"I think you're going to start to see the storefronts fill up as long as we can make this a positive."

Rhonda Tomlinson of Virden is in town all week while her daughter attends musical theatre classes. After two days of wandering the city, Tomlinson was happy to saddle up to one of the four picnic tables added to the block to eat her lunch.

"I think it's a great move ... for me, it is a better choice because it means I'm not out wandering around and spending money," she said. "I'm down here and enjoying downtown instead."

Blocking off Rosser Avenue between Ninth and 10th streets has, on a trial basis, changed downtown traffic flow as well.

As of Wednesday morning, Ninth Street and 10th Street from Princess Avenue to Pacific Avenue are one-way streets, complete with free angle parking on one side of the street.

Although it confused a few drivers, Brandon Police Services bylaw officers on the street said drivers and pedestrians alike navigated the new format well.

Bylaw officers were out, as usual, wandering the streets looking for vehicles parked illegally. The hope is that downtown shoppers use the free parking and that area employees don't abuse the offering.

With commuters now travelling north on 10th Street to Pacific Avenue and south on Ninth Street to Princess Avenue, The Chilli Chutney owner Laxman Negi worries his business won't be as visible.

"For our regular customers, I'm not worried, this is a good thing for downtown," Negi said from his restaurant on the 900-block of Rosser Avenue.

"It's the new customers that if they don't come down here ... there's a tree blocking my sign so I will put one on the roof so those people can still see The Chilli Chutney is here."

For Negi, additional signage is just a part of his plans to attract customers.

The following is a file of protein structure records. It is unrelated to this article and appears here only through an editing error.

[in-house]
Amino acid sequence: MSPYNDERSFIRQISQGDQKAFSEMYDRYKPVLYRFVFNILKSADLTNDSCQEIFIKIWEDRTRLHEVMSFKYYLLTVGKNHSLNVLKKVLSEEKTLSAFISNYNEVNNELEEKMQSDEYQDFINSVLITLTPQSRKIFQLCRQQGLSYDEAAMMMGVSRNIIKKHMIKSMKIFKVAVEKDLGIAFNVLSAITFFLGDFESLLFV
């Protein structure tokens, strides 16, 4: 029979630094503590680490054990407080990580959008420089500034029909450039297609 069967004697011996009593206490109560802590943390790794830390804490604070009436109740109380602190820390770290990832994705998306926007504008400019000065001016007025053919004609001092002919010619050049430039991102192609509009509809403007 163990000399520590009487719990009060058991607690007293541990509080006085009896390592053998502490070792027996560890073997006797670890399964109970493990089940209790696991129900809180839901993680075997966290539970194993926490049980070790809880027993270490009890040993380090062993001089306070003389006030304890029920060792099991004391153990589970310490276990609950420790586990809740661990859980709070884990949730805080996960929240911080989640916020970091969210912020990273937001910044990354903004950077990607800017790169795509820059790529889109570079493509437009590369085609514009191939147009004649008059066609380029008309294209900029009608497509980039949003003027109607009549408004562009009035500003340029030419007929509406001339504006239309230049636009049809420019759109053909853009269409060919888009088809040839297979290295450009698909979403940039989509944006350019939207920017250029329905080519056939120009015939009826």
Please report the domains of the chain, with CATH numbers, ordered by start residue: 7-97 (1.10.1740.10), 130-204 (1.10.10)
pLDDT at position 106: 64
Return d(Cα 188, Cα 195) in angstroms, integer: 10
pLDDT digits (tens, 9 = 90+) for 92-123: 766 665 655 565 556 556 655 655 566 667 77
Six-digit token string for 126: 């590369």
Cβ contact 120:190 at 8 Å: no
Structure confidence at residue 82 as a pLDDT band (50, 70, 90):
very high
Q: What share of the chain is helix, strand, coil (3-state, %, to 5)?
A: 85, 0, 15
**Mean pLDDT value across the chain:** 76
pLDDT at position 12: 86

Within the next week, Negi hopes to secure a liquor licence and set up tables outside so customers can enjoy a cold drink and a samosa on the restaurant's first patio.

Bromley routinely advertises sales on a sandwich board outside her store, but says she'll now consider hosting a sidewalk sale as well.

"Anything to draw more attention," she said. "If we can do a lot of good down here in the short amount of time we have -- and leave people with a taste and wanting more, then that's a good thing."

Pedestrians can cross the street without care until Sept. 18; traffic flow on Rosser Avenue will return to normal the next day.

The one-way traffic on Ninth and 10th streets is on a trial basis.

Republished from the Brandon Sun print edition August 18, 2011 A1

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Visions of buskers, street festivals and bustling patios had downtown business owners, visitors and area regulars abuzz with possibilities for the freshly hatched pedestrian mall.

In an attempt to revitalize "the Downtown Hub," the block between Ninth and 10th streets on Rosser Avenue has been temporarily converted into a pedestrian-friendly zone.

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Visions of buskers, street festivals and bustling patios had downtown business owners, visitors and area regulars abuzz with possibilities for the freshly hatched pedestrian mall.

In an attempt to revitalize "the Downtown Hub," the block between Ninth and 10th streets on Rosser Avenue has been temporarily converted into a pedestrian-friendly zone.